7.    In Israel, Passover is celebrated, as the Bible commands, for seven days (Ex. 23:14); outside of Israel, following the rabbinic teachings, it is kept for eight days. In Reform Judaism, however, the practice is to follow Israeli custom and keep Passover for seven days.
8.    Finally, there are many different customs, often reflecting local traditions, about the type of food that is served during Passover, including the kind of Harozet made of chopped fruit, nuts, wine, and spices(5). Some traditional families change all the dishes for the holiday; other Jews do not.
Have a wonderful Passover.

Rabbi Rifat Sonsino, Ph.D.
March 25, 2015

1.    See, for ex. the article by David Frankel, “Exodus: Not the Only Tradition About Israel’s Past,” , March 2015.
2.    Namely foods made of wheat, oats, rye, barley or spelt.
3.    Such as beans, rice, corn, peas and peanuts.
5.    Sephardic Harozet is spreadable; Ashkenazic-style Harozet tends to be dry.

Friday, March 20, 2015


In the heat of the moment, people say lots of things for which they are sorry later on. We need to watch these individuals carefully, and respond forcefully when they actually begin to act on their harmful words. 

In the Hebrew Bible, we find a strong admonition not to admit the Moabites and Ammonites into the congregation of the Lord, not even their descendants until the tenth generation (Deut. 23: 4). Yet, we know that Boaz, an Israelite, married Ruth the Moabite. Similarly, the Koran teaches, “Do not take the Jews and Christians for friends. They are friends to one another” (Sura 5: 51; transl. by Pickthall). Yet, Islamic scholars are quick to remind us that throughout history many Muslims befriended Jews and Christians. Medieval Spain is a good example of that. Some evangelical Protestants are adamantly opposed to the Catholic Church for religious reasons, yet in interfaith dialogues you see many priests and ministers working together in harmony. More than what we say, it is what we do that really matters. This does not mean that words are insignificant but that acts speak louder.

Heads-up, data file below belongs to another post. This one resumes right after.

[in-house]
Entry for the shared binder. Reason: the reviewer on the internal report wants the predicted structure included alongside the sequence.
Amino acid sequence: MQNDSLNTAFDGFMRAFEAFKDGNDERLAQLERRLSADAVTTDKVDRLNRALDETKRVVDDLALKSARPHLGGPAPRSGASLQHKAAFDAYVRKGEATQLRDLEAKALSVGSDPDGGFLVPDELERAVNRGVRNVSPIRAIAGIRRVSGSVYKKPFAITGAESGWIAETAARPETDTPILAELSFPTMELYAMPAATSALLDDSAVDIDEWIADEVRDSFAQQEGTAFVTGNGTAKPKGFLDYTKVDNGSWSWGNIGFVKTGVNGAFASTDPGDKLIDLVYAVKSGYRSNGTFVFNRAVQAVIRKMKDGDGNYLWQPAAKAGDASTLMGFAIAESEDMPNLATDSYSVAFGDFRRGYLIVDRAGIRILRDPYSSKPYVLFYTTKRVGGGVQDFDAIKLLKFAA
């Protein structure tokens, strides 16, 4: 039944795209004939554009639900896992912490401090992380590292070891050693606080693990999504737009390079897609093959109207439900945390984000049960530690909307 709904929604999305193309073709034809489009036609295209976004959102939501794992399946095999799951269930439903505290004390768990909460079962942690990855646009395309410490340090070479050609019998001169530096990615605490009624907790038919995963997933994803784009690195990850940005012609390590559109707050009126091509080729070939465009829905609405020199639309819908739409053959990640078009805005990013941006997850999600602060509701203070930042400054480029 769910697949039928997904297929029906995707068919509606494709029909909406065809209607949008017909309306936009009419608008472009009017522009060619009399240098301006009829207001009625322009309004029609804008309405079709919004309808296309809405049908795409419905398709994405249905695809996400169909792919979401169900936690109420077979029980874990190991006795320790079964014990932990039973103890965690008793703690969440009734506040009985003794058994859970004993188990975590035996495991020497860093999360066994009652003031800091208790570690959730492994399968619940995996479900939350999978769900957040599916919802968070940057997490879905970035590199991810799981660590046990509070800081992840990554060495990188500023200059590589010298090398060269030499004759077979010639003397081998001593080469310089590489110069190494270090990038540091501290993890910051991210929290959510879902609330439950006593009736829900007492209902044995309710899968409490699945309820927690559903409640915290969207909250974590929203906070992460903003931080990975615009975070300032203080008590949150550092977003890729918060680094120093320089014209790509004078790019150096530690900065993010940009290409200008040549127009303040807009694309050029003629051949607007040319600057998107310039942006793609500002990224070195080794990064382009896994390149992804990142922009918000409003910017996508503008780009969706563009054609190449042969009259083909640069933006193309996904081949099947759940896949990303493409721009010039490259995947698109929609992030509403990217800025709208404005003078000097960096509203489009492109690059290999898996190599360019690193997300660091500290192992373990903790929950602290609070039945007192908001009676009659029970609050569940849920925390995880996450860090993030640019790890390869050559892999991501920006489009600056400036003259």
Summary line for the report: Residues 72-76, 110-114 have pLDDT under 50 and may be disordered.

We are not sure under what circumstances were the original statements quoted above in the Bible or the Koran formulated. The Rabbis justify the marriage of Ruth to Boaz by saying that the prohibition was against a Moabite, not a Moabitess!!!(See, for ex. BT Yeb. 77a).  Some Koranic scholars point out that the term “friends” mentioned in Sura 5:51 should really be understood as “patrons” not “friends” (cf. Sami Zaatari). 

 What we need to do is to look at the historical record, and see how was the law implemented. During peace, people tend to be kinder to one another; during contentious times, relationships between social groups become tense and the divide gets wider. 

Today, as we survey humanity as a whole, we see more and more strife among many social groups. Hindus hate the Muslims living in India; Palestinians and Israelis exchange curses after major conflagrations; the Shiites and Sunnis can’t stand one another; ISIS kills non-Muslims just because they do not share their religious outlook etc.

There are extremists in almost every religious camp. We must carefully watch what these fanatics say and boldly defend ourselves against them when they begin to act, because many of them have no regard for human life (e.g., ISIS today) and are eager to slaughter the other in the name of what they think is God’s word.

No one has the ultimate truth. So, why can’t we get along, with mutual respect for one another? 

R. Sonsino, Ph.D